Jump to content
Amelia

Desexing a Bernese Mountain Dog

7 posts in this topic

Amelia   

Hi everyone, 

 

I am looking at possibly getting a Bernese mountain dog later this year towards October and have been trying to get an answer on what age is the right time to desex both female and male puppies (we aren't too sure on gender yet). One of the vets I contacted thought that it was okay for them to be desex around 16 weeks old, however I thought that sounded too early as i know there are a few risks in desexing them too early. Any advice is greatly appreciated for a rough guide for now but as the time gets closer our final decision will be decided with the help from the breeder and the vets. 

 

Thank you,

amelia 

Share this post


Link to post
Share on other sites
Dogsfevr   

Your breeder should be the person to ask but most large breeds from 12 months 

Share this post


Link to post
Share on other sites

Personally at least 18 months for a medium breed. Let their growth plates close and musculature develop. The gonadal hormones aid in both. So I would allow one season for a bitch and hold off as long as possible for a male. My Dalmatian is entire, 12 years old, never sired a litter (I breed working Springers) and an Agility Champion. Best dog ever. I encourage my puppy buyers to keep at least the males entire as long as they feel comfortable. There are pros and cons to desexing. 

  • Like 5

Share this post


Link to post
Share on other sites

At least 18 months of age. Larger breeds take longer to mature, and they definitely need that bone and muscle development to protect their joints in latter life from Hip and Elbow Dysplasia and OCD.

 

Listen to your breeder when you decide on a puppy.

  • Like 2

Share this post


Link to post
Share on other sites
RuralPug   

Actual desexing for a breed the size of a BMD (which is a small mastiff) I would recommend 18 months.
BUT personally I would be opting for an OSS (ovary sparing spay) on a female or a vasectomy on a male at a much, much earlier age.. These procedures sterilise the dog and prevent unwanted pregnancies without removing the hormones needed for proper development to maturity.

  • Like 1

Share this post


Link to post
Share on other sites

16 weeks??? That sounds an odd age to choose! 

What everyone else said, contact your breeder, work with a vet you feel confident in/comfortable with, read up on the pros and cons of desexing for each gender & so on.

There are pros and cons to both waiting and doing it early. It may not be something you can plan definitively for until after you’ve had your pup awhile. 

 

6 months of age is (I think) when most councils will require you to either Desex or produce a dispensation.

 

If it were me, I would be asking why the vet said 4 months, that seems, just in my lay opinion, quite unusual, normally 6 months is the default even for vets who are dead set on early desexing. Would be interesting to know if there’s any new info out to there to point to that as an optimal age. Normally 6 months seems to be considered “early” for large breeds (especially males)....I wonder if there’s a benefit to getting the bigger dogs done even prior to this?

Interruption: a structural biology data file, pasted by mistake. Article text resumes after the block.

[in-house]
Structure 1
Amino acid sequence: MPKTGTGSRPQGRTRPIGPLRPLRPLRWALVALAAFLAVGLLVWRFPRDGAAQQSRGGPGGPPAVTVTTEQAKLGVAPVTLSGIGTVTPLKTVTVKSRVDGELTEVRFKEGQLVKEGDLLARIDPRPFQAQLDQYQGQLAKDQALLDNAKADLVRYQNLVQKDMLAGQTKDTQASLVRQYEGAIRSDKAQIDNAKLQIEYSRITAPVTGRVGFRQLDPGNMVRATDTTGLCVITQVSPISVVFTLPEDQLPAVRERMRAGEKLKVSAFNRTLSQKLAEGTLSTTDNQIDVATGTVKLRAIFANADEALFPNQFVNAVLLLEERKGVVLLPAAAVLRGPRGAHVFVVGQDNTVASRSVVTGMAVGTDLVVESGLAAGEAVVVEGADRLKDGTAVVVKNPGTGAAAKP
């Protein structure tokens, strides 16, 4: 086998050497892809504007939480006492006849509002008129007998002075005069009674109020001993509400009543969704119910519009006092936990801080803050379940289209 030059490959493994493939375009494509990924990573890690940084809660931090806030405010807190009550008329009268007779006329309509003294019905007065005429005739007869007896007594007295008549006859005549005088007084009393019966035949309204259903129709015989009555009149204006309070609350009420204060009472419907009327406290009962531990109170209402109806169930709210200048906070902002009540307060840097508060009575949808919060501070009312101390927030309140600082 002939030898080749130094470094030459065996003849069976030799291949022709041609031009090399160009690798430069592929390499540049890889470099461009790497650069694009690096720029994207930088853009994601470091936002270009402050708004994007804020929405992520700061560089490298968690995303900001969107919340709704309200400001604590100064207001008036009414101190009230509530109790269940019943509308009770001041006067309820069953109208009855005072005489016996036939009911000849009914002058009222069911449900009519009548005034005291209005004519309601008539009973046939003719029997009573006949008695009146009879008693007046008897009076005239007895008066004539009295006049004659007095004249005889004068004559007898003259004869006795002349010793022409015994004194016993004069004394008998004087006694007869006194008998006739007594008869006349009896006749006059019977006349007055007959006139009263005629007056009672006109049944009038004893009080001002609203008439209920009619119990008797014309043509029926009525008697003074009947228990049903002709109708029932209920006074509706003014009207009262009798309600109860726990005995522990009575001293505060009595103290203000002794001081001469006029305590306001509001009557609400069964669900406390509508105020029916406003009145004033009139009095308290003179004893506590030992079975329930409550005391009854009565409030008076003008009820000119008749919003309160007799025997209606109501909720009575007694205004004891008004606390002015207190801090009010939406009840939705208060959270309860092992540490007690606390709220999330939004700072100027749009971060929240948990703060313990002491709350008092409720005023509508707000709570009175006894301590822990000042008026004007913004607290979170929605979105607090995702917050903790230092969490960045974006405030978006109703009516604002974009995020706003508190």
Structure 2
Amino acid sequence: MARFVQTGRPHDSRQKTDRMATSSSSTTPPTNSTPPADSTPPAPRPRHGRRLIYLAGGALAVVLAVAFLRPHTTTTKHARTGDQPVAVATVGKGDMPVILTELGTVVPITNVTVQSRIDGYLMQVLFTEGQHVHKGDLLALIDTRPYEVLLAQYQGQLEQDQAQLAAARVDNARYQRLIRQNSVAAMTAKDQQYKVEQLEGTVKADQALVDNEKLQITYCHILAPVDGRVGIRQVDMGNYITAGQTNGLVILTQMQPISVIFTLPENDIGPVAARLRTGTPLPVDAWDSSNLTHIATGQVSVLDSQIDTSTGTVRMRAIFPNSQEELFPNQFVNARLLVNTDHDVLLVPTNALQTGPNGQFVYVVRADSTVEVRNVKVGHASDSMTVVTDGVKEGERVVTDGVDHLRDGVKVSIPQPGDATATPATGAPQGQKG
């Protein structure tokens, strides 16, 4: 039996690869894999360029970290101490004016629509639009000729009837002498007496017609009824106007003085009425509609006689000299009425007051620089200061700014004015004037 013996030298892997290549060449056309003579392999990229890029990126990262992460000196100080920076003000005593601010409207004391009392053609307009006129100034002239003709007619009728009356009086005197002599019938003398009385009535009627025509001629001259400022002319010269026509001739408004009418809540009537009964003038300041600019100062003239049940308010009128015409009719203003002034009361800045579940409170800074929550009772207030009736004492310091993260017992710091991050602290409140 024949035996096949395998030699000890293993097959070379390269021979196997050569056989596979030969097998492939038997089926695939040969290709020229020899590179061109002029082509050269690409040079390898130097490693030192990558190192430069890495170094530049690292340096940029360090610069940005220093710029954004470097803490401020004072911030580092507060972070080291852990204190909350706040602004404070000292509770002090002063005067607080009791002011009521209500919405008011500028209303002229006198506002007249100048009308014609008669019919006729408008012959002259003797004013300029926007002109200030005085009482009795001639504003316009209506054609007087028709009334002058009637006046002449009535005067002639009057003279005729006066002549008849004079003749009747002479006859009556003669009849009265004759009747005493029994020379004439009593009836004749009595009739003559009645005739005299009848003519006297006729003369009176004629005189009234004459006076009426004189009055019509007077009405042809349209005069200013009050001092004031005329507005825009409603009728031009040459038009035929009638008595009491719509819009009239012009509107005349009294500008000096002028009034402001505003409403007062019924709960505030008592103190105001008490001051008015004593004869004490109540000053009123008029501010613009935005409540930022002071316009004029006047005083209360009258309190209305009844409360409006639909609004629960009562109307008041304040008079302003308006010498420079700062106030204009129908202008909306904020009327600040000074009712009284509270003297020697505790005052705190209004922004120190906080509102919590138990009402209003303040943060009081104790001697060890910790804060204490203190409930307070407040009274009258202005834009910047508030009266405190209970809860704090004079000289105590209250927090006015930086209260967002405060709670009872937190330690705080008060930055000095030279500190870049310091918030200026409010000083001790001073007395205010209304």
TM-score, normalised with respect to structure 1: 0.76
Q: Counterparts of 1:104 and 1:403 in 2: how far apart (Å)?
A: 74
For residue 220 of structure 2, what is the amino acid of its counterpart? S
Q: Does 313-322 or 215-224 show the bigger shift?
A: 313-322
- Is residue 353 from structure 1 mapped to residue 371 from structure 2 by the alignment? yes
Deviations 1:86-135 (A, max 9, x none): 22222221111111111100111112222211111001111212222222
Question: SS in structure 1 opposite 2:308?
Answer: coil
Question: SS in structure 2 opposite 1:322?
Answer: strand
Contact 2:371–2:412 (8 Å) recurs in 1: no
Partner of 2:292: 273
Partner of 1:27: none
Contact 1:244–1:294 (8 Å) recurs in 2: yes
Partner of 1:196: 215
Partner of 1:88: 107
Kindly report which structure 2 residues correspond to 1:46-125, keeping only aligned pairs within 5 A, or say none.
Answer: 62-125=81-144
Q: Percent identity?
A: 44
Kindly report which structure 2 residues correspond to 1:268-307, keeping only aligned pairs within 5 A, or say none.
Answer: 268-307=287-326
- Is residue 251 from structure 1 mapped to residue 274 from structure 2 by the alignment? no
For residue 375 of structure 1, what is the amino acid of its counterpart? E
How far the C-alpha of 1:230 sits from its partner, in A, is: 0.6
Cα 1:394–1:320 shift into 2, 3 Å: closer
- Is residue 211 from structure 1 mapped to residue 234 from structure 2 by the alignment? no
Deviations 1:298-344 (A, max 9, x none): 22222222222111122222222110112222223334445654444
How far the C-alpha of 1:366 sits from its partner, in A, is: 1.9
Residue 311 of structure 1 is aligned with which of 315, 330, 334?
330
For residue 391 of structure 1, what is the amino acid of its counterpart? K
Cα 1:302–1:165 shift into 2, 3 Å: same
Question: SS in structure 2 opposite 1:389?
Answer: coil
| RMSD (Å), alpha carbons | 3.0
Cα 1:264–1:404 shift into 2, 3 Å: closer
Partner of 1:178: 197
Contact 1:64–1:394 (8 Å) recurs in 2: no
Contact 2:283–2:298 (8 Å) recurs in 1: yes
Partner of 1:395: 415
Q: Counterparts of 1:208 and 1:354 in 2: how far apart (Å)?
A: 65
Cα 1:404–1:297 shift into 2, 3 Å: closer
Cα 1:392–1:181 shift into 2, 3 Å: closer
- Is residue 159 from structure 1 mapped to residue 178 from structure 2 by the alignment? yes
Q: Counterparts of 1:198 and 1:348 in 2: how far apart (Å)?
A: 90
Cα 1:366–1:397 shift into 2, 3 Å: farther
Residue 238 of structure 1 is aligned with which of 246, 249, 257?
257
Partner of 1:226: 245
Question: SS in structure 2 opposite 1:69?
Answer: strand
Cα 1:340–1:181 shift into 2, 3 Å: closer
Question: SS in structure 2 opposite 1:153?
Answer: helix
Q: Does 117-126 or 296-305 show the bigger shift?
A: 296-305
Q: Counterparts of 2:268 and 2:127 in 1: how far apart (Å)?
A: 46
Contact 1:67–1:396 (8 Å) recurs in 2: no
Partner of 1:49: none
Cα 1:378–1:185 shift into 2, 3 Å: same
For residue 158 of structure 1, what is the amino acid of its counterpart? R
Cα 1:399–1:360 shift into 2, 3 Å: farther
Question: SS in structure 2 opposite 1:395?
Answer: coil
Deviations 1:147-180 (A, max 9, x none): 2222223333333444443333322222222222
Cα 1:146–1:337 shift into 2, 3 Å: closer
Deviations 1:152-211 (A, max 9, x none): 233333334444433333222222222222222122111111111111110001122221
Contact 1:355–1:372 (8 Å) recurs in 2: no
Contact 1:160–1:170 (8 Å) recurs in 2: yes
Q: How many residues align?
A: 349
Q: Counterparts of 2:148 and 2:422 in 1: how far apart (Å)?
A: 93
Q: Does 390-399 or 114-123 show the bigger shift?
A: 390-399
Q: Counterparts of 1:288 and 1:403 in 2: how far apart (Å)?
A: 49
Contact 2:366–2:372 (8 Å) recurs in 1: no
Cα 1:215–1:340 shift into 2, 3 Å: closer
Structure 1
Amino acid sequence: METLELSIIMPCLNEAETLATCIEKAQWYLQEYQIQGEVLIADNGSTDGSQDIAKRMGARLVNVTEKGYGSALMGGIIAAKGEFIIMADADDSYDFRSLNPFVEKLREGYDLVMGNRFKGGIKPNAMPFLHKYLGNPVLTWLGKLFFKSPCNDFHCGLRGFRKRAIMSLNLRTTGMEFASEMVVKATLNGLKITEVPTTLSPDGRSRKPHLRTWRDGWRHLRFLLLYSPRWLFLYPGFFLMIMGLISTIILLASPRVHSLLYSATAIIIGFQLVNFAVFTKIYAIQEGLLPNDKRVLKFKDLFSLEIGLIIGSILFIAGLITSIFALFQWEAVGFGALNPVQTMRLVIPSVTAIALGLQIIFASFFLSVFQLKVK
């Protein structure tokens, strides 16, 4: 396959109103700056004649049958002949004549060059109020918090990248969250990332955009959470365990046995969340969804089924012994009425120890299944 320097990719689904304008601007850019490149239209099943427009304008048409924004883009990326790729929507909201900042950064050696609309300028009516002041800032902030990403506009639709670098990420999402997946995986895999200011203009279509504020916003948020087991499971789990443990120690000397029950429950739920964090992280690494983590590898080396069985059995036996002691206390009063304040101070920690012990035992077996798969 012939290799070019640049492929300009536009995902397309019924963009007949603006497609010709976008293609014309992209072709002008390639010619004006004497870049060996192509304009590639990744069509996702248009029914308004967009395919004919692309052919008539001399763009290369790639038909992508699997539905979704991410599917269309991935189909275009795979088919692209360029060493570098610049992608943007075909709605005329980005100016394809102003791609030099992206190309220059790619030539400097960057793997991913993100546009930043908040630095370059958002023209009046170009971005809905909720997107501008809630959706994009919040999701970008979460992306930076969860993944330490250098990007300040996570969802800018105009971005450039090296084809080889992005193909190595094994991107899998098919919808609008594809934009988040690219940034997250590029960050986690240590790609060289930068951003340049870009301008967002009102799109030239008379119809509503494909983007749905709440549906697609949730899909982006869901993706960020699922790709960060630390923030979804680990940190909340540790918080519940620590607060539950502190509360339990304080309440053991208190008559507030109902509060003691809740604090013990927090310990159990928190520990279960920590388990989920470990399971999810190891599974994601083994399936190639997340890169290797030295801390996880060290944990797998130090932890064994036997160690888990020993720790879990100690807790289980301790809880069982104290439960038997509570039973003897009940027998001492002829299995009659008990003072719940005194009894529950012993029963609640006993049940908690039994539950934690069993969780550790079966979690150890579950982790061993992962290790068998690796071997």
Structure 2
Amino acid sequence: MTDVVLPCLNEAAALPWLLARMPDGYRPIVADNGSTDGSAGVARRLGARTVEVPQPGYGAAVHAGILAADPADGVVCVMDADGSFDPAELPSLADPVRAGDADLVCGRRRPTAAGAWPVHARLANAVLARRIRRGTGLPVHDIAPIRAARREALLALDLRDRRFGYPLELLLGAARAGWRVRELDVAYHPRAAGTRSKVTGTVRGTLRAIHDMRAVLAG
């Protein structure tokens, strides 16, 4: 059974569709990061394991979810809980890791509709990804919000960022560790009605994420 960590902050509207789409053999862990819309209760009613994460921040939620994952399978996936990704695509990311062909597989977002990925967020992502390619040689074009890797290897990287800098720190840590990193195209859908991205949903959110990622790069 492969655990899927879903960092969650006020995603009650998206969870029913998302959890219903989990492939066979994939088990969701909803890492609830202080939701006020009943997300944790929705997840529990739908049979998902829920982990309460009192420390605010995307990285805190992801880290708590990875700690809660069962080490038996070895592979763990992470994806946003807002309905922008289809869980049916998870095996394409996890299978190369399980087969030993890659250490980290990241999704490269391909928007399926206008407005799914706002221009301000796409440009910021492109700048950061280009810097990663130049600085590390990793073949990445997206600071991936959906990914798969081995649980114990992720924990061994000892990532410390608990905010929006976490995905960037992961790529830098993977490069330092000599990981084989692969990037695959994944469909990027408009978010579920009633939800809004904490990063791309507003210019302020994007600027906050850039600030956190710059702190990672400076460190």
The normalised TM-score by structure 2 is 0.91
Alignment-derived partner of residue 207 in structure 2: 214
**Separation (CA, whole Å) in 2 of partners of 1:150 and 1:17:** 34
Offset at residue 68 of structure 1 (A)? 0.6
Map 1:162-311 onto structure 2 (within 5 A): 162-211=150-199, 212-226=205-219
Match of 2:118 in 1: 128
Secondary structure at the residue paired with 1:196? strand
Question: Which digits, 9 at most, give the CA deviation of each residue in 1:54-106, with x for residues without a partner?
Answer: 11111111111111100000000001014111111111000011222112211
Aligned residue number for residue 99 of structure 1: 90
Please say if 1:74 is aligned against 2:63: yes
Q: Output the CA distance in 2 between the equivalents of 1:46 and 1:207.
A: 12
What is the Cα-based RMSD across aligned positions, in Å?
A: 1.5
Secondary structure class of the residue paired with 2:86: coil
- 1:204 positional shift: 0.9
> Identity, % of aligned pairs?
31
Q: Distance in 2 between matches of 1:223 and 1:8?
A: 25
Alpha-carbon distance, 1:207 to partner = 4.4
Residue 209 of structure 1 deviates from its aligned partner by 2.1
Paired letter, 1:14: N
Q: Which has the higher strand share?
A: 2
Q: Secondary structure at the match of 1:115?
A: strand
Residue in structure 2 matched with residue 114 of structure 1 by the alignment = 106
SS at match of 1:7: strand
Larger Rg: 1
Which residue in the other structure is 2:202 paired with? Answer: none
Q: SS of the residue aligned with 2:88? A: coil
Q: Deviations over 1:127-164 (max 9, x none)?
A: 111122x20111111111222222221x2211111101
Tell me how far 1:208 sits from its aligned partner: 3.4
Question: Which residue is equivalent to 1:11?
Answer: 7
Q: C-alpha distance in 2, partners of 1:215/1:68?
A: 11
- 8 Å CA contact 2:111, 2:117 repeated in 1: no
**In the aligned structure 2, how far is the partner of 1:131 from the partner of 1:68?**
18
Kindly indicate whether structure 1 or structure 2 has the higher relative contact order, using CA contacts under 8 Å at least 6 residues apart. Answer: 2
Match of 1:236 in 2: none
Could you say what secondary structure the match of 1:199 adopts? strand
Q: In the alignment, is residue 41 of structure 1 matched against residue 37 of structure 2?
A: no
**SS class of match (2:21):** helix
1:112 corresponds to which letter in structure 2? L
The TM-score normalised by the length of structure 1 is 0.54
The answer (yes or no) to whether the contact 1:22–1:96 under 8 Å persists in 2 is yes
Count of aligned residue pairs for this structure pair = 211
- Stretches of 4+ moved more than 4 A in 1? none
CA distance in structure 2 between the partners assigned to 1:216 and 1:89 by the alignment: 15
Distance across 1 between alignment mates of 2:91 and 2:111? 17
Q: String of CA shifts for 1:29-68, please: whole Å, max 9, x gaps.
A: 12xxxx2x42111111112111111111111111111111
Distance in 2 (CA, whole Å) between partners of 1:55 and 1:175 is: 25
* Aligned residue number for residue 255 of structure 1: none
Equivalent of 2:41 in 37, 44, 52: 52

It’s a frustrating area as far as I’m concerned as the data is still, to the best of my knowledge, very inconclusive. My personal areas of interest is the stuff discussing role of testosterone in decreasing fear based aggression, and oestrogen in continence issues, for what it’s worth. It’s an area that incorporates far more than just growth plates.

 

I know for me, I aim to raise my dogs as “well”as possible  so that should an early desexing be required- even prior to 6 months if medically necessary- they’re set up as best as possible. Although I feel happiest with 6 months for larger females and as long as possible for the boys, I’m not set in stone either way and would personally prioritise something like a 6 month desexing for a giant breed male if it meant avoiding a second general anaesthetic 12 months later (assuming you’re allowed only until 18 months for your dispensation), such as if there were complex dental surgery required - I feel more confident in my abilities to strengthen/protect  my dog athletically than I do in preventing a horrendous malocclusion. But that’s just me. I also don’t care how much stronger a dog’s joints will be if desexing is waited if that dog is jumping like crazy to get to the poorly cared for, intact girl across the street - 18 months of crazy jumping will likely offset any benefits of waiting, and if the dog is hit by a car trying to access his girlfriend, well, that’s not exactly good for the joints either. 

 

Work with your breeder, they’ll likely know the best courses of action for many things and should appreciate you respecting their knowledge of their dogs :) do lots of reading and make sure you have a knowledgeable vet - have your breeder recommend you one, this is a must for me!!! Especially as you’re getting a rather uncommon breed who some vets may not treat for long periods of their career - and then go with your gut. 

 

 

Share this post


Link to post
Share on other sites

Create an account or sign in to comment

You need to be a member in order to leave a comment

Create an account

Sign up for a new account in our community. It's easy!

Register a new account

Sign in

Already have an account? Sign in here.

Sign In Now

×